Opinion recap: Saying little on retroactivity
on May 20, 2013 at 1:37 pm
Amid signs that the ruling was a very easy one to reach, the Supreme Court on Monday allowed the state of Michigan to deny a man accused of murder a legal defense that he previously had but then lost the right to use at a second trial. Allowing the withdrawal of a mental defect defense after the fact, the Court ruled unanimously, did not violate the man’s constitutional rights to fair treatment. It took the Court less than four weeks to prepare that ruling.
Justice Ruth Bader Ginsburg wrote for the Court in Metrish v. Lancaster (docket 12-547), a case that had been argued on the final hearing day of the Term, on April 24. The decision, while interpreting generously the power of a state supreme court to cast aside a string of lower state court rulings allowing a legal defense, did not appear to make much new law on retroactivity doctrine.
This was a dispute over the availability of what is called the defense of “diminished capacity”– a legal argument, short of a claim of actual insanity, that an individual could not have formed the intent to commit a crime because of some mental defect at the time of the crime. It is sometimes known popularly as “the Twinkie defense,” a label it got from a famous California murder case in which the accused claimed that his over-indulgence in sugary treats was a sign of a mental disturbance that reduced his capacity for self-control.
The Justices had ruled, in the 2006 case of Clark v. Arizona, that states did not have a constitutional duty to allow the accused to put forth a diminished-capacity defense to a criminal charge. So the Court did not confront that issue anew on Monday; instead, the question it resolved was whether it violated the right to due process to take away that defense retroactively. The Court found that it did not.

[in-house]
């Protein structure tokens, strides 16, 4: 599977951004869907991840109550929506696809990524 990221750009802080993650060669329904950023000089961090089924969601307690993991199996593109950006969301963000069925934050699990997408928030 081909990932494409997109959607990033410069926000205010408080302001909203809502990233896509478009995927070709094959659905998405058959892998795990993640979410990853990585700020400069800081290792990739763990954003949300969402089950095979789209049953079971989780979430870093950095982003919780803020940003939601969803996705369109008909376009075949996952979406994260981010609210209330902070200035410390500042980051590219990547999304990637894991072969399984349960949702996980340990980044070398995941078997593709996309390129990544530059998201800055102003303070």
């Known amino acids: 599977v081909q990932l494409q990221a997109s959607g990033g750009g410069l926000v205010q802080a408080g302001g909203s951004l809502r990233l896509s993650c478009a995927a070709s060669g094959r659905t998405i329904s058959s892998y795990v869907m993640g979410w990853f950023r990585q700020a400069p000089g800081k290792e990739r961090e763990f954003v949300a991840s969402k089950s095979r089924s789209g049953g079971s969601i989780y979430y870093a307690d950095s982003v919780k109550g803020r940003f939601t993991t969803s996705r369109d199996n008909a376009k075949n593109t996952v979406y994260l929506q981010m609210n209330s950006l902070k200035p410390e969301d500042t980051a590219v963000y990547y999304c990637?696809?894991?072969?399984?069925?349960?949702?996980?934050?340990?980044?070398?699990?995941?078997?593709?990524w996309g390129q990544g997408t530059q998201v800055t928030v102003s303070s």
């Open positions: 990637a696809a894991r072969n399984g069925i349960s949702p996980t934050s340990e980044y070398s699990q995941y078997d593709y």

The case involved a former Detroit police officer, named Burt Lancaster (no relation to the late Hollywood actor of the same name), who had a history of mental disturbances. He was charged with murdering his girlfriend after he told his mother that he was going to do so because the girlfriend had lied to him. He shot her dead as she walked to a restaurant with a friend in Southfield, Michigan, in 1993.
At his first trial, he claimed actual insanity as well as a separate claim of diminished capacity. Neither worked for him, because the jury convicted him of first-degree murder and of using a gun in the crime. That conviction, however, was overturned because of the prosecutors’ use of racial reasons for excluding a black juror.
By the time of his second trial, however, the Michigan Supreme Court had ruled that the legislature had taken away the diminished-capacity defense. So, when Lancaster’s defense lawyer tried to make that defense at the new trial, the judge said he could not do so. Again, Lancaster was convicted, and was sentenced to life in prison, plus two years.
After failing in his challenge in state court, Lancaster took his case on to federal court, ultimately winning a decision by the Sixth Circuit Court that it was unconstitutional to deny him the chance to plead diminished capacity at his second trial, because that was a right he had at the time of his crime.